Featured Fitness Frederick W. Thompson Anxiety Disorders Centre Mental health Wellness

The mental health benefits of exercise

Running

We know there are many benefits to regular exercise, including a decreased risk of stroke, heart disease and certain cancers. But can physical activity also benefit patients with depression, anxiety and obsessive compulsive disorder? This was one of the topics discussed at a recent Speaker Series, entitled Anxiety and OCD: A More Wholistic Approach at Sunnybrook Health Sciences Centre. Dr. Peggy Richter is Head of the Frederick W. Thompson Anxiety Disorders Centre and presented this talk at the event.

For many people, exercising regularly can be a challenge. Canada’s physical activity guidelines have been in place for years, and call for 150 minutes of moderate to vigorous activity per week. Statistics show that only about 15% of Canadian adults meet these guidelines, and yet there are new and compelling reasons to keep the body moving.

While the physical benefits of exercise are clear, there is now increasing recognition of exercise as a treatment option for depression. Not only can it help reduce depressive symptoms, but it can also help medications work better. In fact, studies now suggest the treatment of depression with exercise is on par with cognitive therapy and antidepressant medications in terms of the overall effect!

Guidelines recommend that for people with persistent, mild to moderate depressive symptoms, exercise is a good option at least three times per week, for 45 minutes to I hour for at least 10 to 14 weeks. And the type of exercise can be what the patient prefers.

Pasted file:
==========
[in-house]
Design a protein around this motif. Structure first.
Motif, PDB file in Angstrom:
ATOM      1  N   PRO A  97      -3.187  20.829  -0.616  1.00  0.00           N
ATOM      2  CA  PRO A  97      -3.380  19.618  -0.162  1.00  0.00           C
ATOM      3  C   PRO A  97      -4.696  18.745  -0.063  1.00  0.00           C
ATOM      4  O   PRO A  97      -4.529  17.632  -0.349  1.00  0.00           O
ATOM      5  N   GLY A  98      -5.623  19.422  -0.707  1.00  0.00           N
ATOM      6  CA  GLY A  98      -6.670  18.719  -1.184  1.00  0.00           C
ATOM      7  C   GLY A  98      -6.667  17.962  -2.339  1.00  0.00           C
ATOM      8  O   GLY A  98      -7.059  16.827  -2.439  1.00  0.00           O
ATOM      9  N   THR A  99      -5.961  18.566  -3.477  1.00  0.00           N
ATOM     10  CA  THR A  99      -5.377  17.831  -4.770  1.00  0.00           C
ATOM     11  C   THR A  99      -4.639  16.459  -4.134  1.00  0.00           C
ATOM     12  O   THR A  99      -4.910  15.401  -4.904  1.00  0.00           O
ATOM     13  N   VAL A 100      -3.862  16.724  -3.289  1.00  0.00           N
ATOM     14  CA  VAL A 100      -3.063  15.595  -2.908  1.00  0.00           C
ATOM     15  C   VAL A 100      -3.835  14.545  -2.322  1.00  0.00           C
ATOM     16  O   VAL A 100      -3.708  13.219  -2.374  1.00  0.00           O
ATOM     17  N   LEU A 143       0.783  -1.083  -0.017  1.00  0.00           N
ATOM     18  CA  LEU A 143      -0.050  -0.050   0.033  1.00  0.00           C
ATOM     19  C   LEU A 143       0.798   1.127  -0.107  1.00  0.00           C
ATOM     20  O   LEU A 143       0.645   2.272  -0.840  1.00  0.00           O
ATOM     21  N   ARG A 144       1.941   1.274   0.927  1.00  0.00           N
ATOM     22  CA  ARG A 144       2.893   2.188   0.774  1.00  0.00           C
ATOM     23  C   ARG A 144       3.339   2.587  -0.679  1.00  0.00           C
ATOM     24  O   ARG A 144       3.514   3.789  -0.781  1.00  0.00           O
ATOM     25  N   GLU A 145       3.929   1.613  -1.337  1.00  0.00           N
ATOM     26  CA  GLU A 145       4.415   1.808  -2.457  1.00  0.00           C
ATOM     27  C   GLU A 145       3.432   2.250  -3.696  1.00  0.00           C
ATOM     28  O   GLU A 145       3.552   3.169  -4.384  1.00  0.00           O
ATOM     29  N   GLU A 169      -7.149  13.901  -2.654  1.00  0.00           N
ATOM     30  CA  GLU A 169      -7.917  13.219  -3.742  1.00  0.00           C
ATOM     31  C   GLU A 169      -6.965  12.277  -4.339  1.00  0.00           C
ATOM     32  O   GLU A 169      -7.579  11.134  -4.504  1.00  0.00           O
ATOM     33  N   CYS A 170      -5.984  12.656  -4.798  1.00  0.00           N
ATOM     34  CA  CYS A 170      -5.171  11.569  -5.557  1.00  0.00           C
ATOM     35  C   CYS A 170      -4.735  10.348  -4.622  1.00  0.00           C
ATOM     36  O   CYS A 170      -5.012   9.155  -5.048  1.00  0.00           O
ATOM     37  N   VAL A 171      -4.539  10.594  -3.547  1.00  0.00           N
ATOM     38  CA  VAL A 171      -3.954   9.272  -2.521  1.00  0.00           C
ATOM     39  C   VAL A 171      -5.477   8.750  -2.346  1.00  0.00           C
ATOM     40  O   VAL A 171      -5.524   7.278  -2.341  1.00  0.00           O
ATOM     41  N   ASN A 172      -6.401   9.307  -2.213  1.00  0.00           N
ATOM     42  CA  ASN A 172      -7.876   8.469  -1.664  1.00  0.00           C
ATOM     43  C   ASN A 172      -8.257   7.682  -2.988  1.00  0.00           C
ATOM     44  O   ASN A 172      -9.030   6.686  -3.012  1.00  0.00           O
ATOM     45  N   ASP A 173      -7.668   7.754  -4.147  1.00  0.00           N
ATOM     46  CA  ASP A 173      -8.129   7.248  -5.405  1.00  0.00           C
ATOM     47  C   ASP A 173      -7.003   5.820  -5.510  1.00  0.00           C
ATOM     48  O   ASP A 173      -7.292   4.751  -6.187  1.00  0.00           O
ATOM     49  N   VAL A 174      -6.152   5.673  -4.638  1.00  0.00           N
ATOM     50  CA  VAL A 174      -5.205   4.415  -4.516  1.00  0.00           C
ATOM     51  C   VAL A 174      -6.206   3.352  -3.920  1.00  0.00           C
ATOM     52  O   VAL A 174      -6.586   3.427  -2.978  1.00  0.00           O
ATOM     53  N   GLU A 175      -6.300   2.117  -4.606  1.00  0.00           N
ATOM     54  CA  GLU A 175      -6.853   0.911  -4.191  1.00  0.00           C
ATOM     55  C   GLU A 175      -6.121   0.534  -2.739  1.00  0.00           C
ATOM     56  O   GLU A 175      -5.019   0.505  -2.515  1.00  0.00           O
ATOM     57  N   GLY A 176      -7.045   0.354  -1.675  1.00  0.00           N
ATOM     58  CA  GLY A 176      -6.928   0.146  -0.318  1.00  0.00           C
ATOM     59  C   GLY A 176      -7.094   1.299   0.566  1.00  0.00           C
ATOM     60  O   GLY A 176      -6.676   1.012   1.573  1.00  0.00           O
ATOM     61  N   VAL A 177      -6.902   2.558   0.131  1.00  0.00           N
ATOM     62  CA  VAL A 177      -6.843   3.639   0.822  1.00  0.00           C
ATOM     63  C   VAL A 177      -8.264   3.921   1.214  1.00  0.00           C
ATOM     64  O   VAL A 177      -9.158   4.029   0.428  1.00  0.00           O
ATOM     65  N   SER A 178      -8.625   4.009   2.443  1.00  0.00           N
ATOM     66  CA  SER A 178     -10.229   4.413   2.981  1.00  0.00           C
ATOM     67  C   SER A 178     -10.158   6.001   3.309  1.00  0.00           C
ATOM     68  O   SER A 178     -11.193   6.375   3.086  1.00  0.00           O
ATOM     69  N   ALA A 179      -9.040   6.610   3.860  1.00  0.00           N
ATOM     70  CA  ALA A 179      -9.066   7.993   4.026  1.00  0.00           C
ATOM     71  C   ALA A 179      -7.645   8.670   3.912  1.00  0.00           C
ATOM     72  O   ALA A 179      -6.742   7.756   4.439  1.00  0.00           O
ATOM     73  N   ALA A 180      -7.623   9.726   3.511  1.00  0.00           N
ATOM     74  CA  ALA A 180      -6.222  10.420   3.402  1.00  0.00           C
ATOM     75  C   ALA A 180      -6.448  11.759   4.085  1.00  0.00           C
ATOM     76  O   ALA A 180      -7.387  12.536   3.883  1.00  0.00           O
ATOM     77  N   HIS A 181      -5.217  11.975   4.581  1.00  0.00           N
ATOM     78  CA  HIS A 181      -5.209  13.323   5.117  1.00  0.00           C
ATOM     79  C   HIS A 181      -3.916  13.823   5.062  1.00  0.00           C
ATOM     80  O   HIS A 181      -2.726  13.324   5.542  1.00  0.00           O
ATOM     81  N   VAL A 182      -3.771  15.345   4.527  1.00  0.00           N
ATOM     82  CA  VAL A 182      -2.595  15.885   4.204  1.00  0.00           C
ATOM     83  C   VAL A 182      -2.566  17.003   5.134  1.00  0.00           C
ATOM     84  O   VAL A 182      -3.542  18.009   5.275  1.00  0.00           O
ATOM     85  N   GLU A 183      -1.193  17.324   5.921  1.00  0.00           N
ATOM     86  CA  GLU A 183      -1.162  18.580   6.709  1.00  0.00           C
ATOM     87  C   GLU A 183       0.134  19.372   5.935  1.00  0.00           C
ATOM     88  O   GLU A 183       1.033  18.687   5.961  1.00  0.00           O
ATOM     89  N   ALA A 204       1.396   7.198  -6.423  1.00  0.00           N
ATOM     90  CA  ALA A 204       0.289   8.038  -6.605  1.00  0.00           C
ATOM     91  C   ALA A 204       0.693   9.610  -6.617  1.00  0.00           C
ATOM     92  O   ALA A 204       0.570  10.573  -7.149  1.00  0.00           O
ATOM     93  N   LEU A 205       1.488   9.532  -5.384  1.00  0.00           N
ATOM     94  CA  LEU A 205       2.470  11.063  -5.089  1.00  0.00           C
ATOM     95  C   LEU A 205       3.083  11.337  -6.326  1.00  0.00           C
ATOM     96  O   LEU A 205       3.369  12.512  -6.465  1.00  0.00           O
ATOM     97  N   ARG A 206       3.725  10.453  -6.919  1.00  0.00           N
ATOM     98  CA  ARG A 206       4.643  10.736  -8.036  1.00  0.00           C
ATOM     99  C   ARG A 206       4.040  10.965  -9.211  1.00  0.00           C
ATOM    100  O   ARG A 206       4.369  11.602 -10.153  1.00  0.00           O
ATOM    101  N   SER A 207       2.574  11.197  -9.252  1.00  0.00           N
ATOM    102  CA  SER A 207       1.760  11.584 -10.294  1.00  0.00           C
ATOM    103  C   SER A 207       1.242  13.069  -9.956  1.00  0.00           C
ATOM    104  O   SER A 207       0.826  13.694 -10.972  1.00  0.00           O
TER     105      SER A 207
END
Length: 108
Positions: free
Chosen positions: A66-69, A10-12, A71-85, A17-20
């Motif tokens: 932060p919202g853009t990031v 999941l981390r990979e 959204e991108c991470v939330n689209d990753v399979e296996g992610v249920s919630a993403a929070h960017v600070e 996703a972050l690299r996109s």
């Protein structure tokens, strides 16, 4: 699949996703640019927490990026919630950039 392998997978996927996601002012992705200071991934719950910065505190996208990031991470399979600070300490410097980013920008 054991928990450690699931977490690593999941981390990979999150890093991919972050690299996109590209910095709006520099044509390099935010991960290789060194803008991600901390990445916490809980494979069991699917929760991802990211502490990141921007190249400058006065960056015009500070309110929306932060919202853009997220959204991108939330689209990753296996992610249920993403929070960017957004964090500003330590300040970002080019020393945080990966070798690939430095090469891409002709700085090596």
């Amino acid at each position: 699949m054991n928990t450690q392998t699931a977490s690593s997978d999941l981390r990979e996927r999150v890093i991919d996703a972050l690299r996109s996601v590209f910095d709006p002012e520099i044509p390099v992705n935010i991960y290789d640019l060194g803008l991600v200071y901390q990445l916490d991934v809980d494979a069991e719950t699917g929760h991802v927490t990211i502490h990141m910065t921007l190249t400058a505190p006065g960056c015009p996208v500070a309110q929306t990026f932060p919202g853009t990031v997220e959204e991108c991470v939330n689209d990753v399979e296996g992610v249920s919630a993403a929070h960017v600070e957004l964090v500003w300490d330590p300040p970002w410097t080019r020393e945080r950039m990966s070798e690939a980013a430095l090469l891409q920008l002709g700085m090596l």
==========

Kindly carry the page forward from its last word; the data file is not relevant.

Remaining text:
There are still some areas that remain unclear, such as which type of exercise may provide the optimal response for patients with depression. There is a suggestion that low intensity exercise, performed in shorter bouts, may be best. There also appears to be some benefit for performing exercise in a supervised environment, such as in a gym, even if that exercise is done on one’s own.

Dr. Richter also discussed the impact exercise has on patients with anxiety and OCD. Other presenters at the event covered other wholistic approaches, including mindfulness and various E-Therapies.

Watch Dr. Richter’s talk as part of the archived webcast and view the presentation “Anxiety Disorders: What Are They” by Dr. Hawley (PDF)

About the author

Monica Matys

Monica Matys

Monica Matys is a Communications Advisor at Sunnybrook.